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Embracer saddles Asmodee with €900 million debt, cuts it loose

Game industry investor Embracer Group has wiped old debts with a loan secured on Asmodee assets - now it’s splitting into three new companies.

The logo of the board game publisher Asmodee, its name against a white tile surrounded by rainbow colors, connected by a chain to an emoji of a money bag

Investment firm Embracer Group has announced plans to separate into three distinct companies; the industry-leading board game publisher and distributor Asmodee, which Embracer acquired in 2022, will be the kernel of one of these successors. However, Asmodee is leaving the investment group with some baggage: Embracer has secured $958 million (€900 million) of loans against Asmodee’s assets.

The loan will be used to refinance Embracer’s existing $733 million debts, which needs to be repaid by February 2025, and to shrink the group’s “revolving credit facilities” (the corporate equivalent of an overdraft) by $92 million. “The loan is ringfenced with no recourse to Embracer Group… it is only secured by Asmodee assets”, according to Embracer’s press release, meaning only the board game publisher will be liable for repayments.

Asmodee is an extremely significant player in the board game industry, operating a major international distribution platform, as well as owning many substantial tabletop brands. Most of the games on our best board games guide are published by an Asmodee brand  – even the legendary Catan, the flagship game that ignited interest for European designs in the Anglo-American board game market, is an Asmodee title.

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What consequences will the additional debt and separation from the rest of Embracer have for Asmodee? Embracer Group’s press release further notes that, going off the group’s financial performance in 2023, once the new loans are in place Asmodee will have a ‘Net Debt-to-Adjusted EBITDA’ factor of roughly 3.9x, while the rest of Embracer group will have a ‘Net Debt-to-Adjusted EBIT’ factor of around 0.6x.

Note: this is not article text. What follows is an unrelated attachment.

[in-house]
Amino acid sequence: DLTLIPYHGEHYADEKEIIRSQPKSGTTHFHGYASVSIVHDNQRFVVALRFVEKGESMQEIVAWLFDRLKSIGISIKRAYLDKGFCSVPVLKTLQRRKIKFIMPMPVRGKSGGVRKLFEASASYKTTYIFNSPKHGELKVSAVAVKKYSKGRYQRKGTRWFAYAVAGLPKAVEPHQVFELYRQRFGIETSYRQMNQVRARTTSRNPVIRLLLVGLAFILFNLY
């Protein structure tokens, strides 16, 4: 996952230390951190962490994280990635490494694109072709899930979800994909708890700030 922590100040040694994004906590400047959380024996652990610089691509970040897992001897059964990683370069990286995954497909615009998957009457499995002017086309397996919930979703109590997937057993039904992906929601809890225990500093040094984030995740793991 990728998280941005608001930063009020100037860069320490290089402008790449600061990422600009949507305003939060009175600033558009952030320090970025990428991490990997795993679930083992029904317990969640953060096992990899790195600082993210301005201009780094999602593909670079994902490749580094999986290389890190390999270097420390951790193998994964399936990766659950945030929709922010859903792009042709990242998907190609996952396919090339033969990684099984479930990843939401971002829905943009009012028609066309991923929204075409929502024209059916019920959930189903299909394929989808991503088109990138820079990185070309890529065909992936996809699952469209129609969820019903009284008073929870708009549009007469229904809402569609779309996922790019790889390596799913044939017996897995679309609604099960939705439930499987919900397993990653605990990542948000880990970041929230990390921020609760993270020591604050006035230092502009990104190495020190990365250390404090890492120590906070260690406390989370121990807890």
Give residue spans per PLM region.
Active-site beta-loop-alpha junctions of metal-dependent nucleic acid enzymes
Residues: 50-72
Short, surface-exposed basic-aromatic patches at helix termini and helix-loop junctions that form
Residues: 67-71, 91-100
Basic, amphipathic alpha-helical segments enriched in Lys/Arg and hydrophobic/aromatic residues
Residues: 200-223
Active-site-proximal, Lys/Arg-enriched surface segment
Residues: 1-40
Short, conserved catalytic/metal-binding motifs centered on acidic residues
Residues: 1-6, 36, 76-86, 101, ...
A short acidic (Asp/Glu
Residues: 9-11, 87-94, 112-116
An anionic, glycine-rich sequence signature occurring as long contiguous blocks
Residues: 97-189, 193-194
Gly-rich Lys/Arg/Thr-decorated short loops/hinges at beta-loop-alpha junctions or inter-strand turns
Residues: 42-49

In layman’s terms, both these statistics refer to the ratio between a firm’s debts and its annual earnings. A factor of 0.6x means Embracer will be carrying debt equivalent to roughly 0.6 years’ profits, while Asmodee will be carrying 3.9 years’ profits in debt.

We note that EBIT and EBITDA are different measures: EBIT means earnings before interest and tax are deducted, while EBITDA also excludes the cost of depreciation (fixed assets like machines and buildings wearing out and becoming less valuable) and amortization (when the cost of an asset is spread across more than one tax year). Unless Asmodee has negligible depreciation or amortization on its books, its Net Debt-to-Adjusted EBIT factor will be higher than 3.9.

Photograph by Embracer Group of board game publisher Asmodee's HQ in France - a modern venue with pastel pink and green lighting, plus shelves with example copies of games

Embracer Group began acquiring Asmodee on 15 December 2021, and announced it had completed the acquisition on March 8 2022. It was part of a spree of acquisitions that Embracer Group made from 2019-2022, with the group now containing over 100 studios. When a planned financing deal fell through in June 2023, Embracer began to make layoffs across its portfolio, including at Asmodee. It is currently selling Gearbox Entertainment and Saber Interactive.

The ‘restructuring’ into three separate companies is the latest step. Wargamer has asked Embracer to comment on the impacts that the debt burden will have on the newly liberated Asmodee, and why it took this decision.

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